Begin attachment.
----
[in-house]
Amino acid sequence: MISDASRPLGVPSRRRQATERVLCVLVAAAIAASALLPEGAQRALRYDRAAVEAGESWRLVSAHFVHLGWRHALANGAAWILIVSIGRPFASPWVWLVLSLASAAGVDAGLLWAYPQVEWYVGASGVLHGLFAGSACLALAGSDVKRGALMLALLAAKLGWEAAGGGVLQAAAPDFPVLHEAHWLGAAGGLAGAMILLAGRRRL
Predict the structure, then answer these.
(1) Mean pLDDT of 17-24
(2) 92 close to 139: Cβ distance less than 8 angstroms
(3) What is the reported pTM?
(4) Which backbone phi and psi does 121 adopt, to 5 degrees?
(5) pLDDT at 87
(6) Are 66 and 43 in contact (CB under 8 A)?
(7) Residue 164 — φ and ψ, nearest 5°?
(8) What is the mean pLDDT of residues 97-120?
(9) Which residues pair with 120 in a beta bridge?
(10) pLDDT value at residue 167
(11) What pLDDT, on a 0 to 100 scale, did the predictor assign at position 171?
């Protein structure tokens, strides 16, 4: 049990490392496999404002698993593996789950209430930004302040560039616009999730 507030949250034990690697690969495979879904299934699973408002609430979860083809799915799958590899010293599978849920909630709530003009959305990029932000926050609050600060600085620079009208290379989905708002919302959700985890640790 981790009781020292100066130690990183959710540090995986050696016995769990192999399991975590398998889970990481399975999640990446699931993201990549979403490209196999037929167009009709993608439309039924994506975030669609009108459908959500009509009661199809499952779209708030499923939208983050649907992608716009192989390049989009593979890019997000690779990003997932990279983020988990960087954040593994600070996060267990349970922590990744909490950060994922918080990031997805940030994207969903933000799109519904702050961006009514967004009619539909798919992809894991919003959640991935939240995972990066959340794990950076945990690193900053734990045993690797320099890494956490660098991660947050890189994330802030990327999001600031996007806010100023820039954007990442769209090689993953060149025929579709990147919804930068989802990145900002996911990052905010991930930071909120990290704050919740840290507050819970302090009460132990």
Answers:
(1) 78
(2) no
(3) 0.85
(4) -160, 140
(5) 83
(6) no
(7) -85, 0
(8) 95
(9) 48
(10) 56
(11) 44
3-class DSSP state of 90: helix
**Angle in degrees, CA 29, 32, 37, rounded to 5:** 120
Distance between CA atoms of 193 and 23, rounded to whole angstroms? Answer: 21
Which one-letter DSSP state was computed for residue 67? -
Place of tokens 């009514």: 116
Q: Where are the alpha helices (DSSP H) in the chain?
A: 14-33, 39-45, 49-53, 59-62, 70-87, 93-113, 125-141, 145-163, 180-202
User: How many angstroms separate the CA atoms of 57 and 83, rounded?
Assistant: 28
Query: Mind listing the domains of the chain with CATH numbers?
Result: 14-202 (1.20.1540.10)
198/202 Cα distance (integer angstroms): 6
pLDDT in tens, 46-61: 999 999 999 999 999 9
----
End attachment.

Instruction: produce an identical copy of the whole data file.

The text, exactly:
[in-house]
Amino acid sequence: MISDASRPLGVPSRRRQATERVLCVLVAAAIAASALLPEGAQRALRYDRAAVEAGESWRLVSAHFVHLGWRHALANGAAWILIVSIGRPFASPWVWLVLSLASAAGVDAGLLWAYPQVEWYVGASGVLHGLFAGSACLALAGSDVKRGALMLALLAAKLGWEAAGGGVLQAAAPDFPVLHEAHWLGAAGGLAGAMILLAGRRRL
Predict the structure, then answer these.
(1) Mean pLDDT of 17-24
(2) 92 close to 139: Cβ distance less than 8 angstroms
(3) What is the reported pTM?
(4) Which backbone phi and psi does 121 adopt, to 5 degrees?
(5) pLDDT at 87
(6) Are 66 and 43 in contact (CB under 8 A)?
(7) Residue 164 — φ and ψ, nearest 5°?
(8) What is the mean pLDDT of residues 97-120?
(9) Which residues pair with 120 in a beta bridge?
(10) pLDDT value at residue 167
(11) What pLDDT, on a 0 to 100 scale, did the predictor assign at position 171?
């Protein structure tokens, strides 16, 4: 049990490392496999404002698993593996789950209430930004302040560039616009999730 507030949250034990690697690969495979879904299934699973408002609430979860083809799915799958590899010293599978849920909630709530003009959305990029932000926050609050600060600085620079009208290379989905708002919302959700985890640790 981790009781020292100066130690990183959710540090995986050696016995769990192999399991975590398998889970990481399975999640990446699931993201990549979403490209196999037929167009009709993608439309039924994506975030669609009108459908959500009509009661199809499952779209708030499923939208983050649907992608716009192989390049989009593979890019997000690779990003997932990279983020988990960087954040593994600070996060267990349970922590990744909490950060994922918080990031997805940030994207969903933000799109519904702050961006009514967004009619539909798919992809894991919003959640991935939240995972990066959340794990950076945990690193900053734990045993690797320099890494956490660098991660947050890189994330802030990327999001600031996007806010100023820039954007990442769209090689993953060149025929579709990147919804930068989802990145900002996911990052905010991930930071909120990290704050919740840290507050819970302090009460132990």
Answers:
(1) 78
(2) no
(3) 0.85
(4) -160, 140
(5) 83
(6) no
(7) -85, 0
(8) 95
(9) 48
(10) 56
(11) 44
3-class DSSP state of 90: helix
**Angle in degrees, CA 29, 32, 37, rounded to 5:** 120
Distance between CA atoms of 193 and 23, rounded to whole angstroms? Answer: 21
Which one-letter DSSP state was computed for residue 67? -
Place of tokens 């009514």: 116
Q: Where are the alpha helices (DSSP H) in the chain?
A: 14-33, 39-45, 49-53, 59-62, 70-87, 93-113, 125-141, 145-163, 180-202
User: How many angstroms separate the CA atoms of 57 and 83, rounded?
Assistant: 28
Query: Mind listing the domains of the chain with CATH numbers?
Result: 14-202 (1.20.1540.10)
198/202 Cα distance (integer angstroms): 6
pLDDT in tens, 46-61: 999 999 999 999 999 9